The ALS (agglutinin-like sequence) gene family encodes a group of large glycosylphosphatidylinositol-linked cell surface glycoproteins (). To date, eight ALS genes have been identified, including ALS1 to ALS7 and ALS9, all of which appear to have differing roles in adhesion and transmigration. These genes have gained particular interest recently, and evidence shows that ALS1-transformed Saccharomyces cerevisiae exhibits up to 100-fold greater adherence to endothelial cells (), while Als1-deficient C. albicans hyphae exhibit reduced adhesion to endothelial cells (). Similarly, S. cerevisiae transformed with ALS3 shows increased adhesion (), while Als3-deficient hyphal forms of C. albicans exhibit defective adhesion to endothelial cells (). The loss of Als9 from yeast forms of C. albicans () or the loss of Als4 and decreased expression of Als2 from 1-hour-old germ tubes () also inhibit the adhesion of mutant C. albicans strains to endothelial cells. In contrast, mutational analysis has shown that deletion of ALS5ALS6, or ALS7 results in increased adhesion of yeast forms of C. albicans to endothelial cells, suggesting an antiadhesive role for these proteins (). On the other hand, the protein Als5 has been found to mediate adhesion, along with Als1, when expressed in S. cerevisiae (). To date, the only ligand for the ALSgene products that has been found on endothelial cells is N-cadherin, which binds to Als3 on C. albicans hyphae ().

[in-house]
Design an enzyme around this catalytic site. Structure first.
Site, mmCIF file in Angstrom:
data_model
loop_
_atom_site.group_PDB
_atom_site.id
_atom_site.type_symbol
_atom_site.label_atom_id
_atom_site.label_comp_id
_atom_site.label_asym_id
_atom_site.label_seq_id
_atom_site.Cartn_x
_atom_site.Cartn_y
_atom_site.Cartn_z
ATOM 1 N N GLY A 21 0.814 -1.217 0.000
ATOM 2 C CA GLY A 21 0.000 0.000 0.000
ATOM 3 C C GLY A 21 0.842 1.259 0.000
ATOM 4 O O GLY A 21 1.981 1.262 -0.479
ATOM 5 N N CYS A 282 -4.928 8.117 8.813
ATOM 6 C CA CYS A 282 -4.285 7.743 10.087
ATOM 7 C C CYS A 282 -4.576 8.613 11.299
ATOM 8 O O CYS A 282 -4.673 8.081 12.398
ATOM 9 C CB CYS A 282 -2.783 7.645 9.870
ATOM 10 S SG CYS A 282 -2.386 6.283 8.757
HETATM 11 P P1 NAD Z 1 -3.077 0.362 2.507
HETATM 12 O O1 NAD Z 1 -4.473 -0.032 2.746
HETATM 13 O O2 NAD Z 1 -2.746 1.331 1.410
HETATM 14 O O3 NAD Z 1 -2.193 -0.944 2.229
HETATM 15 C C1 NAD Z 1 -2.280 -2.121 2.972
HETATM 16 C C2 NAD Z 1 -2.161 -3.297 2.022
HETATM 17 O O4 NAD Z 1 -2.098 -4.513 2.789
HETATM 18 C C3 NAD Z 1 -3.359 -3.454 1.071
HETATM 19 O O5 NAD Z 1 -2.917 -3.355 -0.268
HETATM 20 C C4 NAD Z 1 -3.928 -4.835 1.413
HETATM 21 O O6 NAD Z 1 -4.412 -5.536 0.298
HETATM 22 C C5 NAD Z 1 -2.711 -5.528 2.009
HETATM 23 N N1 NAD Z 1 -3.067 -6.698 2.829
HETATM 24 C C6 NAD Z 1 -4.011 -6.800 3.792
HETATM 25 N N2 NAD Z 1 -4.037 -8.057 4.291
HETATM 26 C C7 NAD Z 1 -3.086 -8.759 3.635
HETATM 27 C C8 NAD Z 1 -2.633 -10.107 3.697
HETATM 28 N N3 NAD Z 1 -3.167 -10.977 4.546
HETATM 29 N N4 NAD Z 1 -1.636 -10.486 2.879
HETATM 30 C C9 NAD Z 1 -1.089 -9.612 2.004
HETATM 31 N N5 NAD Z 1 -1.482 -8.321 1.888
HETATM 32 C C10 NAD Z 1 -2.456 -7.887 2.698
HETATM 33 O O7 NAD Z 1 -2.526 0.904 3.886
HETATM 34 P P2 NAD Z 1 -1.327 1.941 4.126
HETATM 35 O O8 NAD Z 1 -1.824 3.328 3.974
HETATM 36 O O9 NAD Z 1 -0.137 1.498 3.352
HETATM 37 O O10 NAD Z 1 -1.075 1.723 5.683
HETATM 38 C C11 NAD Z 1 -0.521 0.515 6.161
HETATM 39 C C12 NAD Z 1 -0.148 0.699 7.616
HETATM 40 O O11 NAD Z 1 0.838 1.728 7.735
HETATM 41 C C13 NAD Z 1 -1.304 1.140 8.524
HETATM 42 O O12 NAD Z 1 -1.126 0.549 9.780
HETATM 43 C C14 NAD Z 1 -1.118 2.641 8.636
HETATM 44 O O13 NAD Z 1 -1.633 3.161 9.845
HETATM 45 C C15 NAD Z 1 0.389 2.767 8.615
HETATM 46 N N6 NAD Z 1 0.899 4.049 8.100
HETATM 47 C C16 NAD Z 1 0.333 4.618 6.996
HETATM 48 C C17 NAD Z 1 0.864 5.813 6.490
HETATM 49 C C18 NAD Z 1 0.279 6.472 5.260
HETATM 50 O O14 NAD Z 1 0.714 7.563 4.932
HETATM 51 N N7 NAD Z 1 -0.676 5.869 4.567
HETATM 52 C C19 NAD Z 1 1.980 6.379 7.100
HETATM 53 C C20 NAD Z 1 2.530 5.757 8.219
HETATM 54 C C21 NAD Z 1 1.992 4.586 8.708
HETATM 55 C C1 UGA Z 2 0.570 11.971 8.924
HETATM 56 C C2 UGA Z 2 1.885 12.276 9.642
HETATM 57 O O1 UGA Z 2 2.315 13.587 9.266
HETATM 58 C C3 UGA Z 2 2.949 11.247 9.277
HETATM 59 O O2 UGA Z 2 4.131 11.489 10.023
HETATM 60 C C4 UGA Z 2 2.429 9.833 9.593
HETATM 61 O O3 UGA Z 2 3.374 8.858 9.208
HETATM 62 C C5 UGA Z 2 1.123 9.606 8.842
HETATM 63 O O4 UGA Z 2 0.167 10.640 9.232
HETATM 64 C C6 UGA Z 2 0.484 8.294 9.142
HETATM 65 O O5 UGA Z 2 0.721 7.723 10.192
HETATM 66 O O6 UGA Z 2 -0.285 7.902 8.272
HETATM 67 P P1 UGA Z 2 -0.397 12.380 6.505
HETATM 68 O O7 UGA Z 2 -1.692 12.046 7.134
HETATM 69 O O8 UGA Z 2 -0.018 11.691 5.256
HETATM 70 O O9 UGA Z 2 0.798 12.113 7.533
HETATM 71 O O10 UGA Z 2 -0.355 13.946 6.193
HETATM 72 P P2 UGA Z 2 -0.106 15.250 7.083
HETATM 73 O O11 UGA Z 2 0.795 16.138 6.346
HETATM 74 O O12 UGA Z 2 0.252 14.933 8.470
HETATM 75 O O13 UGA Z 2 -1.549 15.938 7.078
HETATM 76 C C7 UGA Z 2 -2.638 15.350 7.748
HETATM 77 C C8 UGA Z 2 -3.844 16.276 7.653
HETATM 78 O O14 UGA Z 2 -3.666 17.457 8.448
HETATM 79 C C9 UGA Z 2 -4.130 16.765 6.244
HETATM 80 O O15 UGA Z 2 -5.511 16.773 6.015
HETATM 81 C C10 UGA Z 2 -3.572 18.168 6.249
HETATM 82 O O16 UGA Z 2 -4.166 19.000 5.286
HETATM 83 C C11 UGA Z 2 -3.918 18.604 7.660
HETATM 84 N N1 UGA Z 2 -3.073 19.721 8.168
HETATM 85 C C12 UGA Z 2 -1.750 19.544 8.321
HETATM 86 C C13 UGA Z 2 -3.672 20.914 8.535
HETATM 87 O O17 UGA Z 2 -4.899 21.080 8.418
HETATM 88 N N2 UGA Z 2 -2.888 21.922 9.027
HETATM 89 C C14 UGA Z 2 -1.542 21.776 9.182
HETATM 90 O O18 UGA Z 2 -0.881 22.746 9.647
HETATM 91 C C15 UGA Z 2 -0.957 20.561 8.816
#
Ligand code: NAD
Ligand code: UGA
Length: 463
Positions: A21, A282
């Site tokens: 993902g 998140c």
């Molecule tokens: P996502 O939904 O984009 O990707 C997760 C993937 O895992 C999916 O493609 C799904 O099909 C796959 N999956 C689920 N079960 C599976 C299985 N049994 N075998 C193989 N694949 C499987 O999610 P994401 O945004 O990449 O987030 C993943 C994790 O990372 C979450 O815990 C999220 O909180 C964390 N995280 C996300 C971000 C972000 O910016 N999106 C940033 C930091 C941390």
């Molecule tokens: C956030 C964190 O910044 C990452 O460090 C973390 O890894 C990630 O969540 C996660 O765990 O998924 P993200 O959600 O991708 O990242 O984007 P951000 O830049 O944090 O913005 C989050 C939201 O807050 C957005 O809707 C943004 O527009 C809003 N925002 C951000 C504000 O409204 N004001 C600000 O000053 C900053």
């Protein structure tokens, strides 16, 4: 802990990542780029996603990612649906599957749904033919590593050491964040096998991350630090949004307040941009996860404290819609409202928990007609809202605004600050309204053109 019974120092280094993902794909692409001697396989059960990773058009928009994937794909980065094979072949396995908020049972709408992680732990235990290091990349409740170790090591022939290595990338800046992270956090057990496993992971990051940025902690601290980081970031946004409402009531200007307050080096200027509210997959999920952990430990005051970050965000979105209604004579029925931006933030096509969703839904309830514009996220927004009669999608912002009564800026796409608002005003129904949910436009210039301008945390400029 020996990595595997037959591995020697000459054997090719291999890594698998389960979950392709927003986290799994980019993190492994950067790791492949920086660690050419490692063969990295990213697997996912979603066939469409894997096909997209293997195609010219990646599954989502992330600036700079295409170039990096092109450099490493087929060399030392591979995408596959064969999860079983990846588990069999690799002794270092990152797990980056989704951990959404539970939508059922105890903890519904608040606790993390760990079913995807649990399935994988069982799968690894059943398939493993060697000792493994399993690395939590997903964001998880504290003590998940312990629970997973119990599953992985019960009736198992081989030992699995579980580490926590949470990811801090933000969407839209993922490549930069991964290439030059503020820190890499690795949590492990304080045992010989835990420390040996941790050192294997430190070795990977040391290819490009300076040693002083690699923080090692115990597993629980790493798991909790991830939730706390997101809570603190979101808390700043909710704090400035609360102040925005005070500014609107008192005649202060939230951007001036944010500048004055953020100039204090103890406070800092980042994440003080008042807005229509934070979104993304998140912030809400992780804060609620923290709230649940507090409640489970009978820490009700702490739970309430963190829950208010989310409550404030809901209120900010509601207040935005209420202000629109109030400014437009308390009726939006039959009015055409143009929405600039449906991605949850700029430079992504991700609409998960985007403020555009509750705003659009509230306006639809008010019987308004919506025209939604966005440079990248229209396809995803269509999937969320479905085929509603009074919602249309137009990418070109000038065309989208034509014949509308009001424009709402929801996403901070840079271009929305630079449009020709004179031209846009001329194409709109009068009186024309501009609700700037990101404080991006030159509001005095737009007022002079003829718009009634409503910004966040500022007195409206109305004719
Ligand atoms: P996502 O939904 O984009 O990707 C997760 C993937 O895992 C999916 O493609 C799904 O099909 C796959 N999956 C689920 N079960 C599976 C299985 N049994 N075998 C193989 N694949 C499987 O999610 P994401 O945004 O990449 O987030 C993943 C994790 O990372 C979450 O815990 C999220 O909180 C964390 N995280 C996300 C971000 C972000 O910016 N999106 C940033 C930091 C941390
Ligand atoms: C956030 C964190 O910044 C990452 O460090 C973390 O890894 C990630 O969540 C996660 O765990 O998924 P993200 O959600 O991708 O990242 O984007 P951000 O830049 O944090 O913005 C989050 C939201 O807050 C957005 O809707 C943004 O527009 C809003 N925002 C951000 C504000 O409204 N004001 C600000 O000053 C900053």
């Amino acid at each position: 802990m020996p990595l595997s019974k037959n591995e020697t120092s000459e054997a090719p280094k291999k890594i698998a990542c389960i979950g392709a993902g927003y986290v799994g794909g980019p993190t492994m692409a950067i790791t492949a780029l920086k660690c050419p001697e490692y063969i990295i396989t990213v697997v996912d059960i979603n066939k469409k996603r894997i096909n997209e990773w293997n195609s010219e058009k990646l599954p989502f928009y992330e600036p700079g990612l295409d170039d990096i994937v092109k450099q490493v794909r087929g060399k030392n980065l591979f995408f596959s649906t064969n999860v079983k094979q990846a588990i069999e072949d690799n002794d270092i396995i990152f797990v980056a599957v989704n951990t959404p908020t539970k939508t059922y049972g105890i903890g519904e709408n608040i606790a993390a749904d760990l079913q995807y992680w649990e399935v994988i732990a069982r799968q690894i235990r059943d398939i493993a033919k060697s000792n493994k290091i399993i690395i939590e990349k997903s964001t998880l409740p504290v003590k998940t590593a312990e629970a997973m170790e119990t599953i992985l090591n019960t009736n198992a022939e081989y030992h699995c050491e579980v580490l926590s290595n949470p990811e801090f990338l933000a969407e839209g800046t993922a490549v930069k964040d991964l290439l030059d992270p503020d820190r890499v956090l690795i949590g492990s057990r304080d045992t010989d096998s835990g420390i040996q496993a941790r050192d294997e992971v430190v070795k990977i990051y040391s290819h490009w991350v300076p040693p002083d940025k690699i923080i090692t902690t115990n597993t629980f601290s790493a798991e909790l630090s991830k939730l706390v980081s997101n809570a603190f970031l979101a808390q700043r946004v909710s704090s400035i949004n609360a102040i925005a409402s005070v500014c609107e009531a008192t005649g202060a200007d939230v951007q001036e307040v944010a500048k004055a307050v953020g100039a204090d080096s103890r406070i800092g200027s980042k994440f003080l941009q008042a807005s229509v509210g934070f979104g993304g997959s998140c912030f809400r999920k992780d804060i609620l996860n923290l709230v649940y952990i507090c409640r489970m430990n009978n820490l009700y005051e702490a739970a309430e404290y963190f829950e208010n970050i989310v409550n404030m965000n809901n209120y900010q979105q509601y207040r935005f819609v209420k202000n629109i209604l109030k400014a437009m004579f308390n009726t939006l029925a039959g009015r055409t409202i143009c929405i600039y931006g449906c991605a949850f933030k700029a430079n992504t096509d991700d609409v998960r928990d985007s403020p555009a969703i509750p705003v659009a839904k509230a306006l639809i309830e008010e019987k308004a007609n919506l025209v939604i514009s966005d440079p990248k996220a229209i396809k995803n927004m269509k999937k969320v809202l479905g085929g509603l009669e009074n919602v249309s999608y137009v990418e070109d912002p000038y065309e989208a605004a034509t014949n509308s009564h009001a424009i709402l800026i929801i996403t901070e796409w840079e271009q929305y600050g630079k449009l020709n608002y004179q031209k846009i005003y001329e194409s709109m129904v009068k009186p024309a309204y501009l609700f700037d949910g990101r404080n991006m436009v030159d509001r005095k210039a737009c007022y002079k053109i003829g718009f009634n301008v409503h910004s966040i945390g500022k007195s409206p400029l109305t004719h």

(iv) C4BP.

The complement protein regulator C4b binding protein (C4BP) is able to bind to both yeast and hyphal forms of C. albicans and is predominantly localized at the tip of the germ tube on hyphae (). This binding is normally regarded as a survival mechanism that inhibits complement activation and the attachment of opsonins to the microbial surface. However, it may also enhance the adhesion of yeast forms of C. albicans to endothelial cells. It is not clear if this enhancement of adhesion by the C4BP coating occurs by activating other Candidaadhesins or by acting as a bridge.

Cell wall carbohydrate adhesin candidates.